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VIEW SCORE: EMERGING LIGHT (SCORE–PDF)
INSTRUMENTATION: Piccolo,3 Flutes (3rd doubling piccolo), 2 Oboes, English Horn, 3 Clarinets in Bb, Bass Clarinet in Bb, 4 Saxophones (Soprano, Alto, Tenor, Baritone), 2 Bassoons, Contrabassoon, 4 Trumpets in C, 4 Horns in F, 3 Trombones (3rd is bass trombone), Euphonium, Tuba, Timpani, 5 Percussion, Harp, Piano
PERFORMANCE NOTES: Spanning the spectrum from sensitive to triumphant, this award-winning work is an unusually varied, colorful piece for Wind Ensemble in one continuous movement.
When the basic idea for Emerging Light struck me, I was completing an extended, three-movement work for six players. As I often do when a project nears completion, I was becoming aware of vague ideas beginning to surface for my next work. I had already begun to think about writing a wind ensemble piece as I had never written for this medium, and I knew that after spending a great deal of time with this chamber work, I wanted to return to a large ensemble. Normally, I don’t like to work on more than one piece at a time, but my chamber piece seemed particularly frustrating that morning, so I began to think more seriously about the wind ensemble piece I wanted to write.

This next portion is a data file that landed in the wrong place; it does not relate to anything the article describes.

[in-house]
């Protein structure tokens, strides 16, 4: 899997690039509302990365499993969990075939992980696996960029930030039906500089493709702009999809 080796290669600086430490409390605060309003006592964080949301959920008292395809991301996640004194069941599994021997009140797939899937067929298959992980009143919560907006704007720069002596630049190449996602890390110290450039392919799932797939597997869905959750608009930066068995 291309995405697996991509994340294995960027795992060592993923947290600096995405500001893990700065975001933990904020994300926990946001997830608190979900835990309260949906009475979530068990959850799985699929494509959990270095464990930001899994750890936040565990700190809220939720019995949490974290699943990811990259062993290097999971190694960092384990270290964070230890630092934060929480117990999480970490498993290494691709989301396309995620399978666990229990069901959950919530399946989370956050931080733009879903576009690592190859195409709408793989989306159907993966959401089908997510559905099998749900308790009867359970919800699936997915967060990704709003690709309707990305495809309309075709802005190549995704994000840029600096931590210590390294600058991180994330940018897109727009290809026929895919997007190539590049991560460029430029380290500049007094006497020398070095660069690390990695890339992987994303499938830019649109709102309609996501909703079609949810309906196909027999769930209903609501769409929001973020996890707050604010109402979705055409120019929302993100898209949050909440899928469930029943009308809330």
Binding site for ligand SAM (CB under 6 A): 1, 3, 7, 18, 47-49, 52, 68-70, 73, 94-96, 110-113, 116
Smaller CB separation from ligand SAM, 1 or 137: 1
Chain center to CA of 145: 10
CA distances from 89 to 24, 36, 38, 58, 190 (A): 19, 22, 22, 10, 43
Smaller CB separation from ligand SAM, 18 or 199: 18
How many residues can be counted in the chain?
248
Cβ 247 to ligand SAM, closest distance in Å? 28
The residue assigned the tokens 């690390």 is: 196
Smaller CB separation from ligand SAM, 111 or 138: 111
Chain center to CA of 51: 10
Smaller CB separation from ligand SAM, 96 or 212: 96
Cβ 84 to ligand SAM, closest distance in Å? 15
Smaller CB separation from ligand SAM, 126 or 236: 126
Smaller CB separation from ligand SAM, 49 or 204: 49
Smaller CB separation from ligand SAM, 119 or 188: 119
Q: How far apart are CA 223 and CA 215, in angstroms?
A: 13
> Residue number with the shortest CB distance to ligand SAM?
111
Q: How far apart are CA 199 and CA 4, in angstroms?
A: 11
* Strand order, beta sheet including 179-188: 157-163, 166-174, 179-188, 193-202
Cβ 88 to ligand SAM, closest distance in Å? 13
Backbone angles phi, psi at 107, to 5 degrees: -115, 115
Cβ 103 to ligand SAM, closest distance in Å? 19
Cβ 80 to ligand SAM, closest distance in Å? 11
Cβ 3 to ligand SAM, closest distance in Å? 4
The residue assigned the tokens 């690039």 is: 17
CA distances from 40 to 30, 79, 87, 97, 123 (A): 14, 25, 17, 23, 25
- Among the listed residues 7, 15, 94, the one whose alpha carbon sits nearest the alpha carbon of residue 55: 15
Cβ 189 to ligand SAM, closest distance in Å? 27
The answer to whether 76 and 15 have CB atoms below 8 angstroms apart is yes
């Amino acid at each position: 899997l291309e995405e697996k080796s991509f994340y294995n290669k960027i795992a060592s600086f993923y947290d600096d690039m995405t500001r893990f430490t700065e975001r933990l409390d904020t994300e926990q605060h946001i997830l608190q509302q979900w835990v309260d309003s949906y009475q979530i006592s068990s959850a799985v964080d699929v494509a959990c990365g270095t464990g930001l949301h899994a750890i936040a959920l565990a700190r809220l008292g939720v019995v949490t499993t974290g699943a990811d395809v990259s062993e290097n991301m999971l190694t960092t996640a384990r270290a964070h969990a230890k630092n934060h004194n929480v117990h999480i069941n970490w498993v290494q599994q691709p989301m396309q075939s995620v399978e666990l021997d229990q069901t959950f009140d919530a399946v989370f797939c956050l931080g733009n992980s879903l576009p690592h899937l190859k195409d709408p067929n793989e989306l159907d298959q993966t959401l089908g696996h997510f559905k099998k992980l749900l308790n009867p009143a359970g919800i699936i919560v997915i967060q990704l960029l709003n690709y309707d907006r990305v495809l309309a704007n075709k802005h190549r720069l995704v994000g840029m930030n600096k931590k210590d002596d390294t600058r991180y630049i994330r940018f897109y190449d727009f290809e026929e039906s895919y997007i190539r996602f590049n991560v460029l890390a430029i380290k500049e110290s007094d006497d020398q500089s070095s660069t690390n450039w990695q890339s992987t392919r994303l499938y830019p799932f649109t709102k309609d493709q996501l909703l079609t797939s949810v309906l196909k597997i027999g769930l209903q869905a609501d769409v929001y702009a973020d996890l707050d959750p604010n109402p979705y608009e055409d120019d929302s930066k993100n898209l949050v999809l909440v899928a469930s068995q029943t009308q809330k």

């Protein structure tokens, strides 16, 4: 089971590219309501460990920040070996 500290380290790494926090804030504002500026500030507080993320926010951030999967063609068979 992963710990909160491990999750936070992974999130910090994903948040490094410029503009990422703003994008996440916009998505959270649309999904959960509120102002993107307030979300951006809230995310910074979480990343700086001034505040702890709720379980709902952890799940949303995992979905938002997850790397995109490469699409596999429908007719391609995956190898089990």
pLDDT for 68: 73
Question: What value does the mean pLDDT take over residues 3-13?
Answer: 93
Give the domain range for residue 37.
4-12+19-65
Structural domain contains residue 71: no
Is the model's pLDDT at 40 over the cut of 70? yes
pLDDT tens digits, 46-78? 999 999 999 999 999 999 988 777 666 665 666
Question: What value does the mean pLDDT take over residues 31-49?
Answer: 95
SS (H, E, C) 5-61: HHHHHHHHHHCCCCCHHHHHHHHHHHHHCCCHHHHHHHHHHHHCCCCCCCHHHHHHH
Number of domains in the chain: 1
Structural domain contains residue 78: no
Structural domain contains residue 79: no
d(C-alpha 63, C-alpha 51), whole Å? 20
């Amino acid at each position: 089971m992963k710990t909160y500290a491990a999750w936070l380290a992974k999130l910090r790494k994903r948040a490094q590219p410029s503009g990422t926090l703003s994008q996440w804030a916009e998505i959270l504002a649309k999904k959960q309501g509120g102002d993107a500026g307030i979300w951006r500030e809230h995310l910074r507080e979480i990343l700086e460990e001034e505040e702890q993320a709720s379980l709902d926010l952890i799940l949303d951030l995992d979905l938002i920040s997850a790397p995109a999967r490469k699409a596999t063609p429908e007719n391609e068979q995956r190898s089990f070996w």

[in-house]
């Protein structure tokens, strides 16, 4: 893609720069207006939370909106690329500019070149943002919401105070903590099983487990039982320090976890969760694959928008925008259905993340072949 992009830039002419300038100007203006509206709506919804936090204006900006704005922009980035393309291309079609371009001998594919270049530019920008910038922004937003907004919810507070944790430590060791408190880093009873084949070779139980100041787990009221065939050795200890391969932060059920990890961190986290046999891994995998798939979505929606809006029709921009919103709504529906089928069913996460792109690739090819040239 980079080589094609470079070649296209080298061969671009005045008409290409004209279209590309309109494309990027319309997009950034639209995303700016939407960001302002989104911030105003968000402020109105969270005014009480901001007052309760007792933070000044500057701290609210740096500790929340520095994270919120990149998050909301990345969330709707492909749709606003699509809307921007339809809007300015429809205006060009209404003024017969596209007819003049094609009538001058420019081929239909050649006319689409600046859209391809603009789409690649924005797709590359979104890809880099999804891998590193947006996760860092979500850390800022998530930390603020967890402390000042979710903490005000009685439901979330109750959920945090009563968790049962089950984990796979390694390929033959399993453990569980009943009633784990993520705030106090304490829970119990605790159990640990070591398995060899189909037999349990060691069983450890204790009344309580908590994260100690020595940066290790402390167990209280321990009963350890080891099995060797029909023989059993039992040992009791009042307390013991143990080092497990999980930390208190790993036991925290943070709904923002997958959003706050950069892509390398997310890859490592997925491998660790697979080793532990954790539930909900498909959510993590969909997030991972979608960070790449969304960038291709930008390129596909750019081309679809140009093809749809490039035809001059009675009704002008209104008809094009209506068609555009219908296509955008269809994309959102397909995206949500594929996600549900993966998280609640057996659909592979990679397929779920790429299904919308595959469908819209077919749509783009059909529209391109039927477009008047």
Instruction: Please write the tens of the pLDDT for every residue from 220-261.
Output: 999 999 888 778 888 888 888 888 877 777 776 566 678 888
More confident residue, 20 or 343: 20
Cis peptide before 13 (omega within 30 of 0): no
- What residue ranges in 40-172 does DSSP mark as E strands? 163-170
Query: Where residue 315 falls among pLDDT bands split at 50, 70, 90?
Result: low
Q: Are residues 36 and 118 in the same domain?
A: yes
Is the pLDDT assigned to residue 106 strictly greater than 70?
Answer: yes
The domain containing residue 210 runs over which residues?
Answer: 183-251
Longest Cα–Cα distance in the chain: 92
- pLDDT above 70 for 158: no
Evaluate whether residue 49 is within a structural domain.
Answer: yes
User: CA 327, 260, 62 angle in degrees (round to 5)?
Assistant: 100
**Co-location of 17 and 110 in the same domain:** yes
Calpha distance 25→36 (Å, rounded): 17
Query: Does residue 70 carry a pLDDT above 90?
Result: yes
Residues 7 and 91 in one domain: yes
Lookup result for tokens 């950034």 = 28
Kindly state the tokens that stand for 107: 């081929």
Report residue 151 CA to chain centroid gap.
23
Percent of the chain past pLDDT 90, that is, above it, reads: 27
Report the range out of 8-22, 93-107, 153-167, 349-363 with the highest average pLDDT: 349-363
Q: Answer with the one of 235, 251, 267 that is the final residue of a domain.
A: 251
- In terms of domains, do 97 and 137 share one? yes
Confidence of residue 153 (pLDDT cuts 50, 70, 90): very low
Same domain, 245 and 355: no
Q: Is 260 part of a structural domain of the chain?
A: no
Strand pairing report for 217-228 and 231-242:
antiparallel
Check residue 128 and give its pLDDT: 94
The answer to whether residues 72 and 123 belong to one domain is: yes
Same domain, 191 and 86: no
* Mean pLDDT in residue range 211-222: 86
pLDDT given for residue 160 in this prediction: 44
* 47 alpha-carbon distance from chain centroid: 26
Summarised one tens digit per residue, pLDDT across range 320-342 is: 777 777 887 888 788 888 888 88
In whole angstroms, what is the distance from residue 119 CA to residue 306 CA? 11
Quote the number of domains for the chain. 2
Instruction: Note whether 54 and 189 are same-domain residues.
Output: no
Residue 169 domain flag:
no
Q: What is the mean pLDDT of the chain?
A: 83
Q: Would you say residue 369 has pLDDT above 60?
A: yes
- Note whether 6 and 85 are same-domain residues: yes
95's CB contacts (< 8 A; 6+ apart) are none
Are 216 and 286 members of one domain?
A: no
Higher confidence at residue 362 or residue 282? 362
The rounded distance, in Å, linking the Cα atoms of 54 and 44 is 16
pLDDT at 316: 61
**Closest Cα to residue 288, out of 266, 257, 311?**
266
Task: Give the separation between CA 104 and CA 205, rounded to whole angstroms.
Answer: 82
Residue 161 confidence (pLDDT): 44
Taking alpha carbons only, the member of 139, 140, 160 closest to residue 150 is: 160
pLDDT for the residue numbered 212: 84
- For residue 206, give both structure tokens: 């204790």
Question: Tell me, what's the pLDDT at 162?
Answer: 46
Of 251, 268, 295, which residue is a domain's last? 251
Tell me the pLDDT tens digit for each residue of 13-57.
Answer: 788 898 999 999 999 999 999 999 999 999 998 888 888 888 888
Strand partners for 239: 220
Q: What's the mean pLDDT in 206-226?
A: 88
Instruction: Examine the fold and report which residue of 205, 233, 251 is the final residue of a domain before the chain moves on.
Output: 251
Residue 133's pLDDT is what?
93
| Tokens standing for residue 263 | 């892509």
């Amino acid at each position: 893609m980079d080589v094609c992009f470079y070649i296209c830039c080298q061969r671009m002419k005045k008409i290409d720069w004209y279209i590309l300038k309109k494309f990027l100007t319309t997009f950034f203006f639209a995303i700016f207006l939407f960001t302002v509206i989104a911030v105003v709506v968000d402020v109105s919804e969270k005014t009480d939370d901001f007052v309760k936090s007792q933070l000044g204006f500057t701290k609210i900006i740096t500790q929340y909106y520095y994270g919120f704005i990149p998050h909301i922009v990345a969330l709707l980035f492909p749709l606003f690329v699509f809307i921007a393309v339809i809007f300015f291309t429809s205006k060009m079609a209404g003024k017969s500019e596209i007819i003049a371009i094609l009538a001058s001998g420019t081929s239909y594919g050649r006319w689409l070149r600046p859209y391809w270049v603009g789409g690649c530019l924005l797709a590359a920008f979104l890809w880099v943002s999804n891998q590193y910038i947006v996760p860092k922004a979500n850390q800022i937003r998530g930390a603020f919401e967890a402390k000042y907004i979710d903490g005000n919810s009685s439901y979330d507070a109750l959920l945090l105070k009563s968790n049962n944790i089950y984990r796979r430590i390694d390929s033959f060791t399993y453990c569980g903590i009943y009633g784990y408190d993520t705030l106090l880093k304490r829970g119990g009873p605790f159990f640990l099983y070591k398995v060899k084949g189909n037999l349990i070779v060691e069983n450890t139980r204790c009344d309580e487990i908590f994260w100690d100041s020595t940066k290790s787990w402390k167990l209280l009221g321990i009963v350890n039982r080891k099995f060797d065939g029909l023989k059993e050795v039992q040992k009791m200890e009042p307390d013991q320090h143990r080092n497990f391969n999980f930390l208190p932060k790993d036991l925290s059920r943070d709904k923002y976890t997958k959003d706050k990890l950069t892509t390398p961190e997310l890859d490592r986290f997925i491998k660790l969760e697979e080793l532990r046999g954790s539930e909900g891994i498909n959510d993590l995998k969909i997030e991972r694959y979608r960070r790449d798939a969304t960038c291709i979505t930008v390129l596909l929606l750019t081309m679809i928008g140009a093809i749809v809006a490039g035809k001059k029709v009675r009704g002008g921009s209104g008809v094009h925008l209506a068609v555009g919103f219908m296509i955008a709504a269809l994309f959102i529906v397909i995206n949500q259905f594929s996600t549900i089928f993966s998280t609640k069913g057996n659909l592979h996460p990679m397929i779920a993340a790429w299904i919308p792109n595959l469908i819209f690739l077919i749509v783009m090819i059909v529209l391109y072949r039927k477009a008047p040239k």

When I compose music, I often spend many weeks sketching and planning before I feel ready to write the opening. Rarely do I hear a short idea in my mind and know that this is the beginning of a piece. Emerging Light began with such a rare experience. I knew that the piece needed a delicate, sparkling beginning, and when I sat down at the piano and played my initial idea, I knew immediately that this was the opening—it remains intact as the first two phrases of the piece.
At this point, I began to sketch out ways that this idea could generate melodic and harmonic material and think about how these could develop further, and I began to sense that the opening would be only a hint at the main idea, an awakening of the material. As I worked, I began to associate this opening section with the imagery of light emerging from darkness, just a hint at first, and then increasing gradually. I began to sketch other sections of the work based on the imagery of sunlight on water, or moonlight emerging from clouds, etc. with the idea that just as light is the constant of the universe, the primary melody and harmony of the opening gestures would be the constant of the piece—always present but always subtly shifting, always in a new permutation and evolving.
The work is in a single movement of about 15 minutes, and is in the form of a double “wedge,” the first lasting about 5 minutes before dropping off into sparser permutations of the main idea. The second wedge follows a tense climax and comprises the last 5 minutes of the piece, leading to the final triumphant emergence of brilliant light.